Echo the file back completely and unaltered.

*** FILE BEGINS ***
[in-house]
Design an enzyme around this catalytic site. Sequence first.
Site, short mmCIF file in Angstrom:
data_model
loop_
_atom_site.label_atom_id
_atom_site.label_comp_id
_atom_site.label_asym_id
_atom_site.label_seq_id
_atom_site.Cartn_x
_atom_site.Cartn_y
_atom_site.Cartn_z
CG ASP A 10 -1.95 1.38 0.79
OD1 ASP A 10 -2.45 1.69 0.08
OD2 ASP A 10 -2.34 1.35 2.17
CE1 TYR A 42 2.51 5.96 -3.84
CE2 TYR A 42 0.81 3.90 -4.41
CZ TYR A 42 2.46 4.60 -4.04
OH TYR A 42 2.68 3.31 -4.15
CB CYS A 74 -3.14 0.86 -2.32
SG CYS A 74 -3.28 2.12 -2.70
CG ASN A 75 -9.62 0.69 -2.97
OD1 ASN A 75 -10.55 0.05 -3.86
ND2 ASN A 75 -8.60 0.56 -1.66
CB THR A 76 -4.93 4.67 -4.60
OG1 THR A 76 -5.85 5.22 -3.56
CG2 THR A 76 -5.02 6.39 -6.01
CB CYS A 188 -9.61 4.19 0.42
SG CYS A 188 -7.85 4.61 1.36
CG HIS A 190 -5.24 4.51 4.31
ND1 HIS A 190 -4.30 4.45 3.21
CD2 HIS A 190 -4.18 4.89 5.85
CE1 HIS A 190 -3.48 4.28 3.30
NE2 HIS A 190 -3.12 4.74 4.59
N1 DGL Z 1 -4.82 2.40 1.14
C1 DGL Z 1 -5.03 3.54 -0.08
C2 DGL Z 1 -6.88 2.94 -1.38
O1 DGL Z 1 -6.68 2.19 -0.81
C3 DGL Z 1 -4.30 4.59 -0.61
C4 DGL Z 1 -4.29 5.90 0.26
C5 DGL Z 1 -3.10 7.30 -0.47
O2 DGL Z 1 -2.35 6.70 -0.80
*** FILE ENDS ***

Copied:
[in-house]
Design an enzyme around this catalytic site. Sequence first.
Site, short mmCIF file in Angstrom:
data_model
loop_
_atom_site.label_atom_id
_atom_site.label_comp_id
_atom_site.label_asym_id
_atom_site.label_seq_id
_atom_site.Cartn_x
_atom_site.Cartn_y
_atom_site.Cartn_z
CG ASP A 10 -1.95 1.38 0.79
OD1 ASP A 10 -2.45 1.69 0.08
OD2 ASP A 10 -2.34 1.35 2.17
CE1 TYR A 42 2.51 5.96 -3.84
CE2 TYR A 42 0.81 3.90 -4.41
CZ TYR A 42 2.46 4.60 -4.04
OH TYR A 42 2.68 3.31 -4.15
CB CYS A 74 -3.14 0.86 -2.32
SG CYS A 74 -3.28 2.12 -2.70
CG ASN A 75 -9.62 0.69 -2.97
OD1 ASN A 75 -10.55 0.05 -3.86
ND2 ASN A 75 -8.60 0.56 -1.66
CB THR A 76 -4.93 4.67 -4.60
OG1 THR A 76 -5.85 5.22 -3.56
CG2 THR A 76 -5.02 6.39 -6.01
CB CYS A 188 -9.61 4.19 0.42
SG CYS A 188 -7.85 4.61 1.36
CG HIS A 190 -5.24 4.51 4.31
ND1 HIS A 190 -4.30 4.45 3.21
CD2 HIS A 190 -4.18 4.89 5.85
CE1 HIS A 190 -3.48 4.28 3.30
NE2 HIS A 190 -3.12 4.74 4.59
N1 DGL Z 1 -4.82 2.40 1.14
C1 DGL Z 1 -5.03 3.54 -0.08
C2 DGL Z 1 -6.88 2.94 -1.38
O1 DGL Z 1 -6.68 2.19 -0.81
C3 DGL Z 1 -4.30 4.59 -0.61
C4 DGL Z 1 -4.29 5.90 0.26
C5 DGL Z 1 -3.10 7.30 -0.47
O2 DGL Z 1 -2.35 6.70 -0.80